KINDA LIKE CRACK COCAINE EVEN THOUGH POT IS NOT A STIMULANT
Beyond these effects that marijuana has, marijuana smokers are susceptible to the same health problems as tobacco smokers, such as bronchitis, emphysema and bronchial asthma. Other effects include dry-mouth, red eyes, impaired motor skills and impaired concentration.
Long-term use of the drug can increase the risk of damaging the lungs and reproductive system, according to the U.S. Drug Enforcement Agency (DEA). It has also been linked to heart attacks.

Typical THC levels, which determines marijuana potency, range from 0.3 to 4 percent. However, some specially grown plants can contain THC levels as high as 15 percent
During early development, cannabidiolic acid is the most prevalent chemical. Later, cannabidiolic acid is converted to cannabidiol, which is later converted to THC
In 2003, drug law enforcement authorities seized 2.7 million pounds (1.2 million kg)of marijuana from illegal operations. Marijuana is also smuggled into the United States from Mexico, Cambodia and Thailand, among other countries.
Approximately 10 percent to 20 percent of the THC is transferred into the body when smoking a joint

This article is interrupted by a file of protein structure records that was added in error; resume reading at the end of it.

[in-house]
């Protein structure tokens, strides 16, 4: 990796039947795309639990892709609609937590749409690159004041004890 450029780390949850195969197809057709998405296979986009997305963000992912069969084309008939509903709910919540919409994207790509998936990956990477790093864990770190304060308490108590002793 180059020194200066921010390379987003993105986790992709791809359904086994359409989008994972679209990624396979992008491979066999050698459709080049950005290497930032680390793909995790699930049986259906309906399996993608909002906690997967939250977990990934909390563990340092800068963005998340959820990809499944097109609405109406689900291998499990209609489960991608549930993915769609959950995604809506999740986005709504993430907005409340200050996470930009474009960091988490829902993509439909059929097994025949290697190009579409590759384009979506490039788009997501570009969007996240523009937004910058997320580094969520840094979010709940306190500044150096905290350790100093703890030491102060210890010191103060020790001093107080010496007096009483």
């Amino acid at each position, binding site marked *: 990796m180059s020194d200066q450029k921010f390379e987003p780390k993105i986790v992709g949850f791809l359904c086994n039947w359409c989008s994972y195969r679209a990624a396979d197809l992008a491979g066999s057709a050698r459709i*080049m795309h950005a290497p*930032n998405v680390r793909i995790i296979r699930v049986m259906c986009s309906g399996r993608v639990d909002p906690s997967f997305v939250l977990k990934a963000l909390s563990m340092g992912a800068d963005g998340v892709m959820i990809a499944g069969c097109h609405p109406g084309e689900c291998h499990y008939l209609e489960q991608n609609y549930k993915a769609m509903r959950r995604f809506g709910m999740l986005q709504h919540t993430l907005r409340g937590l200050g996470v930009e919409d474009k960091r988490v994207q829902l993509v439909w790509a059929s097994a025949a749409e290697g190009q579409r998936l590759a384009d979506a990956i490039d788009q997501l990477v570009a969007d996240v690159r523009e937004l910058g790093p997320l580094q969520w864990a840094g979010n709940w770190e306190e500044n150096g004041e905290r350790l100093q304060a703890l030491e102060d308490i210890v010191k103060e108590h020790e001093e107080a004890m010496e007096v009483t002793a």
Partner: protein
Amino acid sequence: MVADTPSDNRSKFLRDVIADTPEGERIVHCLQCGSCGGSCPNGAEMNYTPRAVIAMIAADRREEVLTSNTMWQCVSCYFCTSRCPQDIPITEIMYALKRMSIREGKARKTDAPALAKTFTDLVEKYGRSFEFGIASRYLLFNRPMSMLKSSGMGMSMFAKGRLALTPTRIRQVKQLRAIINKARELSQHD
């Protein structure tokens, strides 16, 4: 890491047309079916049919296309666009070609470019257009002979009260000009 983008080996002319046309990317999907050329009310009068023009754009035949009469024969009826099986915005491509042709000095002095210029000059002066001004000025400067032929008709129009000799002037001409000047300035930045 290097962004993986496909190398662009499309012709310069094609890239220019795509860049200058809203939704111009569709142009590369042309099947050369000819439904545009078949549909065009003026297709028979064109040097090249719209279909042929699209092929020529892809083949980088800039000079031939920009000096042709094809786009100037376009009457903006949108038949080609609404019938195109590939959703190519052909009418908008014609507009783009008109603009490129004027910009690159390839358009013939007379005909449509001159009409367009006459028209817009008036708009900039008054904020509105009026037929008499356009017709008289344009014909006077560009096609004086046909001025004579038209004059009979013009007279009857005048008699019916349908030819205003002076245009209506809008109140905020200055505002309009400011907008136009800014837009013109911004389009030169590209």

About 40 percent to 50 percent of the THC is transferred into the body when using a pipe.

Tens of thousands of people are now in prison for marijuana offenses. An even greater number are punished with probation, fines, and civil sanctions, including having their property seized, their driver's license revoked, and their employment terminated.
People who are intoxicated constantly, regardless of the drug, are unlikely to be productive members of society.

Among high school students, heavy use is associated with school failure, but school failure usually comes first.
The cognitive process most clearly affected by marijuana is short-term memory.
However, they display diminished capacity to learn and recall new information.

NOW ITS YOUR CHOICE
1 JOINT MIGHT NOT KILL YOU OR ANYONE
BUT ITS NEVER 1 JOINT
ITS NEVER 1 DRINK
ITS NEVER 1 SNORT